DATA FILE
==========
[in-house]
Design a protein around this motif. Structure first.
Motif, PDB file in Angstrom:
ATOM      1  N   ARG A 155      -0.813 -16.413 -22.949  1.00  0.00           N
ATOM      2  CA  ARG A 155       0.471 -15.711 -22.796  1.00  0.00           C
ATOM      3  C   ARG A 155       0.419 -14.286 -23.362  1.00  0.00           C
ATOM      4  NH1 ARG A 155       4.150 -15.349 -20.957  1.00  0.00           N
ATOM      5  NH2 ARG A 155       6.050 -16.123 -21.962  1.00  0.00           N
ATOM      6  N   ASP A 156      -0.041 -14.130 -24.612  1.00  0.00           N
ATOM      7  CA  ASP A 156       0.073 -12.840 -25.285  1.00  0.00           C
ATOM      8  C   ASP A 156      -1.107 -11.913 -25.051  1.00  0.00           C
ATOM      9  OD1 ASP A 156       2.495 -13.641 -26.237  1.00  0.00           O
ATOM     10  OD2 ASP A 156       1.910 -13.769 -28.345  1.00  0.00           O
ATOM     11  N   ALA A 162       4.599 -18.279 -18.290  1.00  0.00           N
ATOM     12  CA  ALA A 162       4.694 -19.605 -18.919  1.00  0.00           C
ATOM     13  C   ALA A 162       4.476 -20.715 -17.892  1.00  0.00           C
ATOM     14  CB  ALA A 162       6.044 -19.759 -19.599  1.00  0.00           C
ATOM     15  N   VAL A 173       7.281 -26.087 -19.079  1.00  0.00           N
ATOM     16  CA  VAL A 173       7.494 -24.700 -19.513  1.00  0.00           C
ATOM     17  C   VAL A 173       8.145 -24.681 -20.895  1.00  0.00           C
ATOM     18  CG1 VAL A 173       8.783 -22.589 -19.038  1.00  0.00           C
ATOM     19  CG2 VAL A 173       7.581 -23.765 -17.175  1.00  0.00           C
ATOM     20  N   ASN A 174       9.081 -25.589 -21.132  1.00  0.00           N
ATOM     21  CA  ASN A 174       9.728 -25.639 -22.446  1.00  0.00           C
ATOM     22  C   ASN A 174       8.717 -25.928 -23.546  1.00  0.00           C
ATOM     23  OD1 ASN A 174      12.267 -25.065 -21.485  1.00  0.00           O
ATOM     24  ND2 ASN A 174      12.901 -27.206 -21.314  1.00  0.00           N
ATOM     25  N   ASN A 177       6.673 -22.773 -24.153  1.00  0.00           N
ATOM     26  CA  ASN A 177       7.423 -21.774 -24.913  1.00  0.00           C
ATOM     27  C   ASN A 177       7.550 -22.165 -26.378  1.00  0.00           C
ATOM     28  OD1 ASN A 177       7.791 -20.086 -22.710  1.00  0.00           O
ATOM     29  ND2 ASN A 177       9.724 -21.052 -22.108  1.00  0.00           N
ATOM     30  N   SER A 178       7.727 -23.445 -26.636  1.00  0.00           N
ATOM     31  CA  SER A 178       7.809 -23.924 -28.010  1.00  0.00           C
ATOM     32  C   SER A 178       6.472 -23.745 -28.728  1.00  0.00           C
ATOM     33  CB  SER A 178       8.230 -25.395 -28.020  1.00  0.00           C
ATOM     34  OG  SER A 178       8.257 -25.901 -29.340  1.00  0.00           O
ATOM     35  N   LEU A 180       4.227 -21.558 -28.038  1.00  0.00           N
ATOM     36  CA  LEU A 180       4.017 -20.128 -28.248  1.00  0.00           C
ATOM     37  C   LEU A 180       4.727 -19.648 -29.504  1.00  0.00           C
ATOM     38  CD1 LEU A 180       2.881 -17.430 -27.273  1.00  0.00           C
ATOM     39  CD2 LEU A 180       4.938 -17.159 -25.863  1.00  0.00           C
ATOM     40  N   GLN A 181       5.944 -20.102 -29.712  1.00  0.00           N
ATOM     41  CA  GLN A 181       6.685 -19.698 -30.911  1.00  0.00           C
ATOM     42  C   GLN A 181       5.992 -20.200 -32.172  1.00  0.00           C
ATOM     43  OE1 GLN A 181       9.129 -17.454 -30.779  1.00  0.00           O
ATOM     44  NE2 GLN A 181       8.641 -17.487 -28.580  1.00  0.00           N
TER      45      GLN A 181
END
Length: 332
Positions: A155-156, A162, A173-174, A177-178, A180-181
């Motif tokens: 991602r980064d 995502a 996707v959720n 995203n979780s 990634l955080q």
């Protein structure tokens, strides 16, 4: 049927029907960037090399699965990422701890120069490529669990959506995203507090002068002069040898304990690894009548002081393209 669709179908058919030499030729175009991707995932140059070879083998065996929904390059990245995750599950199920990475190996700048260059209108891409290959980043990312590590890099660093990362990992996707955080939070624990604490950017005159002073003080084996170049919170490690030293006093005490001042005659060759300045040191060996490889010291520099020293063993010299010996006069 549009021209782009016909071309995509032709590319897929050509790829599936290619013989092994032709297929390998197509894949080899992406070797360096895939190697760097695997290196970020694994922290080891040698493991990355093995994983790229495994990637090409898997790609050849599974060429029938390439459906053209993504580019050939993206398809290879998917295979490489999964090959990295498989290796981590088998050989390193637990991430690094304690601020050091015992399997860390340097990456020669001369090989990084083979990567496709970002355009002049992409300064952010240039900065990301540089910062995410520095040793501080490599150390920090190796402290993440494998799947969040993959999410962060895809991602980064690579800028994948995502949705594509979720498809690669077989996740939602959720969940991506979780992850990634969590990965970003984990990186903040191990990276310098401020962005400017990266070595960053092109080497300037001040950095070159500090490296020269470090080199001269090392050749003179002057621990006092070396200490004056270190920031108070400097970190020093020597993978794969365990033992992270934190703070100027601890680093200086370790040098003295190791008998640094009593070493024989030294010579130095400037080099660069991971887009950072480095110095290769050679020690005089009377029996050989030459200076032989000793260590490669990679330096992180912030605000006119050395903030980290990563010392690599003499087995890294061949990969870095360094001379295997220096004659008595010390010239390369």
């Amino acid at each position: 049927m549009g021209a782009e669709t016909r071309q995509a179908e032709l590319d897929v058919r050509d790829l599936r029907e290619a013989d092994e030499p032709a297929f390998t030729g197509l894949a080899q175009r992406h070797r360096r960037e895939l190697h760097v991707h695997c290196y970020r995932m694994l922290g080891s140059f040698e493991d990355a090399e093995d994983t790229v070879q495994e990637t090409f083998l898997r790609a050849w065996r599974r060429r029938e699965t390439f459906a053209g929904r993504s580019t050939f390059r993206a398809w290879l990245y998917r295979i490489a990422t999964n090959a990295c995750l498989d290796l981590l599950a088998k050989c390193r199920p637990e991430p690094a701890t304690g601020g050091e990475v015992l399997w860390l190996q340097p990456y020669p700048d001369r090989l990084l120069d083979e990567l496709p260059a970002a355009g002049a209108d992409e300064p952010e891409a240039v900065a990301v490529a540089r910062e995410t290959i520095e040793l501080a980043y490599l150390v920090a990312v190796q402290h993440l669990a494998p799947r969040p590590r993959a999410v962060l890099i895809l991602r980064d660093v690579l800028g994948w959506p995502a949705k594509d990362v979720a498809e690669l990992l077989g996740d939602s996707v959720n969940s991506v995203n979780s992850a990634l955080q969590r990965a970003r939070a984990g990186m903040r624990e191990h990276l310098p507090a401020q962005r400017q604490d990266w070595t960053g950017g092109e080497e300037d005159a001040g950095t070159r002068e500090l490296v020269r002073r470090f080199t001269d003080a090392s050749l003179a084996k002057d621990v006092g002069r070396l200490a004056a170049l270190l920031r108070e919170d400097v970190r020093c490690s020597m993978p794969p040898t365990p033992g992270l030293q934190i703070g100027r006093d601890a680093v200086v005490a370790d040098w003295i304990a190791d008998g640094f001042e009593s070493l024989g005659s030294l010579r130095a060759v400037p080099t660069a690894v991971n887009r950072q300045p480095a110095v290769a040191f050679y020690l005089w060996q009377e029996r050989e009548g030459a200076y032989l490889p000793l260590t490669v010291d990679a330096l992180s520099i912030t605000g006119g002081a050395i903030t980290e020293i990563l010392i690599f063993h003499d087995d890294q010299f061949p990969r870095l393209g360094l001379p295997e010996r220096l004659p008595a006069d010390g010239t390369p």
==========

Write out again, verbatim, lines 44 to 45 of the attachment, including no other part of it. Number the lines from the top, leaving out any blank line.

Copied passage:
ATOM     41  CA  GLN A 181       6.685 -19.698 -30.911  1.00  0.00           C
ATOM     42  C   GLN A 181       5.992 -20.200 -32.172  1.00  0.00           C